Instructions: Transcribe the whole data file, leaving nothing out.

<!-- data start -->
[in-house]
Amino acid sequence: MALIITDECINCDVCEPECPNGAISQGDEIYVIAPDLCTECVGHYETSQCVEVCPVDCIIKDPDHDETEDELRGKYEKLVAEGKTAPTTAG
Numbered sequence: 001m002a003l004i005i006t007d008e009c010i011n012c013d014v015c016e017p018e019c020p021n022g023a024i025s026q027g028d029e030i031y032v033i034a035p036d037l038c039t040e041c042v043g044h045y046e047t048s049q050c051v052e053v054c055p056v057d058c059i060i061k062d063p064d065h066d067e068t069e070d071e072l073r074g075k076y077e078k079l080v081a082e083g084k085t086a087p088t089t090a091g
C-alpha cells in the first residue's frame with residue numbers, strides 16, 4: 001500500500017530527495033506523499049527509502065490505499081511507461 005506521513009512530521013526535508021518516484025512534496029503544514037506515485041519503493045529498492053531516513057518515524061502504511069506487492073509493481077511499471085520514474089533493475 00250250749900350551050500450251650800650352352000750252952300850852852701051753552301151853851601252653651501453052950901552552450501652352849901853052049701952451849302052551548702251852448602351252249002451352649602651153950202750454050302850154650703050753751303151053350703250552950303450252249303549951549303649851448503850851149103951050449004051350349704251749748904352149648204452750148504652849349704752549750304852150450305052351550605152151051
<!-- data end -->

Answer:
[in-house]
Amino acid sequence: MALIITDECINCDVCEPECPNGAISQGDEIYVIAPDLCTECVGHYETSQCVEVCPVDCIIKDPDHDETEDELRGKYEKLVAEGKTAPTTAG
Numbered sequence: 001m002a003l004i005i006t007d008e009c010i011n012c013d014v015c016e017p018e019c020p021n022g023a024i025s026q027g028d029e030i031y032v033i034a035p036d037l038c039t040e041c042v043g044h045y046e047t048s049q050c051v052e053v054c055p056v057d058c059i060i061k062d063p064d065h066d067e068t069e070d071e072l073r074g075k076y077e078k079l080v081a082e083g084k085t086a087p088t089t090a091g
C-alpha cells in the first residue's frame with residue numbers, strides 16, 4: 001500500500017530527495033506523499049527509502065490505499081511507461 005506521513009512530521013526535508021518516484025512534496029503544514037506515485041519503493045529498492053531516513057518515524061502504511069506487492073509493481077511499471085520514474089533493475 00250250749900350551050500450251650800650352352000750252952300850852852701051753552301151853851601252653651501453052950901552552450501652352849901853052049701952451849302052551548702251852448602351252249002451352649602651153950202750454050302850154650703050753751303151053350703250552950303450252249303549951549303649851448503850851149103951050449004051350349704251749748904352149648204452750148504652849349704752549750304852150450305052351550605152151051